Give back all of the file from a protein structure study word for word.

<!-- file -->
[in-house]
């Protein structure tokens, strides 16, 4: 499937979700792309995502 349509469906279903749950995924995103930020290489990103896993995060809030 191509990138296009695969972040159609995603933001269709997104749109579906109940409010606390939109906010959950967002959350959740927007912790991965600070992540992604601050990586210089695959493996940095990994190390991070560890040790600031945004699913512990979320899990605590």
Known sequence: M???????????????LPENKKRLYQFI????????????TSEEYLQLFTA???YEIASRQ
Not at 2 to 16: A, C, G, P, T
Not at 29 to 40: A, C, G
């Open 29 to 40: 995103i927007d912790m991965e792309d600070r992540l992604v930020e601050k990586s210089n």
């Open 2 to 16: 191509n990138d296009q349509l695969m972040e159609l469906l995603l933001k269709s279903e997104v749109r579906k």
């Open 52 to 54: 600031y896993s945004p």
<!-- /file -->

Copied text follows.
[in-house]
């Protein structure tokens, strides 16, 4: 499937979700792309995502 349509469906279903749950995924995103930020290489990103896993995060809030 191509990138296009695969972040159609995603933001269709997104749109579906109940409010606390939109906010959950967002959350959740927007912790991965600070992540992604601050990586210089695959493996940095990994190390991070560890040790600031945004699913512990979320899990605590």
Known sequence: M???????????????LPENKKRLYQFI????????????TSEEYLQLFTA???YEIASRQ
Not at 2 to 16: A, C, G, P, T
Not at 29 to 40: A, C, G
């Open 29 to 40: 995103i927007d912790m991965e792309d600070r992540l992604v930020e601050k990586s210089n």
């Open 2 to 16: 191509n990138d296009q349509l695969m972040e159609l469906l995603l933001k269709s279903e997104v749109r579906k």
């Open 52 to 54: 600031y896993s945004p």